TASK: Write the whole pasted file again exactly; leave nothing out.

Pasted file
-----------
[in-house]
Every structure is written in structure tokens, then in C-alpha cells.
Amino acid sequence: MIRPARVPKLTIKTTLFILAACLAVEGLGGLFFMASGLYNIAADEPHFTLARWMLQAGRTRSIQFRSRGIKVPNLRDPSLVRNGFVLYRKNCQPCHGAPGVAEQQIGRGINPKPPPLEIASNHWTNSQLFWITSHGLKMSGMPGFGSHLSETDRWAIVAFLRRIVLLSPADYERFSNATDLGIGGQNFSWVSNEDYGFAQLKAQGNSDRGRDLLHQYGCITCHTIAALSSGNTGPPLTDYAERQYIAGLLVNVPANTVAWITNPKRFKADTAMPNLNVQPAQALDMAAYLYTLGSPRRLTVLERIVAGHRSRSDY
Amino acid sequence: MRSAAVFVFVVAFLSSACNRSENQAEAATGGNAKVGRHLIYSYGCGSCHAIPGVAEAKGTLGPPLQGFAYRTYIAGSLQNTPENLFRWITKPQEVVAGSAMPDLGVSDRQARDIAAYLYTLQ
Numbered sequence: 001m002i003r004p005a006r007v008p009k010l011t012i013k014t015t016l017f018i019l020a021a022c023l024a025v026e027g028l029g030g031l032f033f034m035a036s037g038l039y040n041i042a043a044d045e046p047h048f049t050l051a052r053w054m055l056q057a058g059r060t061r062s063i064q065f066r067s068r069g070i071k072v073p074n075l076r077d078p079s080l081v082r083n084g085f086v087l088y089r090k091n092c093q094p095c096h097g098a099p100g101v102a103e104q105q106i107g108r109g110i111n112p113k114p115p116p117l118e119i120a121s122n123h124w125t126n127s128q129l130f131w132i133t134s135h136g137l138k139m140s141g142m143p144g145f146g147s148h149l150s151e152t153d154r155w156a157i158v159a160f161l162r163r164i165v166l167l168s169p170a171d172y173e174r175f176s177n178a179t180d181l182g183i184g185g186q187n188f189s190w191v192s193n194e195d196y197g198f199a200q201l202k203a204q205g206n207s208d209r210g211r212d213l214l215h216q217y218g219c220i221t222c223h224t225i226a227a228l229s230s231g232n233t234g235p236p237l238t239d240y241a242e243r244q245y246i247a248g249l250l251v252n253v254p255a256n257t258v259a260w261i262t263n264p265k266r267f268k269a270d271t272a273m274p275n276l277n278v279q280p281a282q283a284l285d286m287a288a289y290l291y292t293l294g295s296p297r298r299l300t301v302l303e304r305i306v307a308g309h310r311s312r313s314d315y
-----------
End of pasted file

[in-house]
Every structure is written in structure tokens, then in C-alpha cells.
Amino acid sequence: MIRPARVPKLTIKTTLFILAACLAVEGLGGLFFMASGLYNIAADEPHFTLARWMLQAGRTRSIQFRSRGIKVPNLRDPSLVRNGFVLYRKNCQPCHGAPGVAEQQIGRGINPKPPPLEIASNHWTNSQLFWITSHGLKMSGMPGFGSHLSETDRWAIVAFLRRIVLLSPADYERFSNATDLGIGGQNFSWVSNEDYGFAQLKAQGNSDRGRDLLHQYGCITCHTIAALSSGNTGPPLTDYAERQYIAGLLVNVPANTVAWITNPKRFKADTAMPNLNVQPAQALDMAAYLYTLGSPRRLTVLERIVAGHRSRSDY
Amino acid sequence: MRSAAVFVFVVAFLSSACNRSENQAEAATGGNAKVGRHLIYSYGCGSCHAIPGVAEAKGTLGPPLQGFAYRTYIAGSLQNTPENLFRWITKPQEVVAGSAMPDLGVSDRQARDIAAYLYTLQ
Numbered sequence: 001m002i003r004p005a006r007v008p009k010l011t012i013k014t015t016l017f018i019l020a021a022c023l024a025v026e027g028l029g030g031l032f033f034m035a036s037g038l039y040n041i042a043a044d045e046p047h048f049t050l051a052r053w054m055l056q057a058g059r060t061r062s063i064q065f066r067s068r069g070i071k072v073p074n075l076r077d078p079s080l081v082r083n084g085f086v087l088y089r090k091n092c093q094p095c096h097g098a099p100g101v102a103e104q105q106i107g108r109g110i111n112p113k114p115p116p117l118e119i120a121s122n123h124w125t126n127s128q129l130f131w132i133t134s135h136g137l138k139m140s141g142m143p144g145f146g147s148h149l150s151e152t153d154r155w156a157i158v159a160f161l162r163r164i165v166l167l168s169p170a171d172y173e174r175f176s177n178a179t180d181l182g183i184g185g186q187n188f189s190w191v192s193n194e195d196y197g198f199a200q201l202k203a204q205g206n207s208d209r210g211r212d213l214l215h216q217y218g219c220i221t222c223h224t225i226a227a228l229s230s231g232n233t234g235p236p237l238t239d240y241a242e243r244q245y246i247a248g249l250l251v252n253v254p255a256n257t258v259a260w261i262t263n264p265k266r267f268k269a270d271t272a273m274p275n276l277n278v279q280p281a282q283a284l285d286m287a288a289y290l291y292t293l294g295s296p297r298r299l300t301v302l303e304r305i306v307a308g309h310r311s312r313s314d315y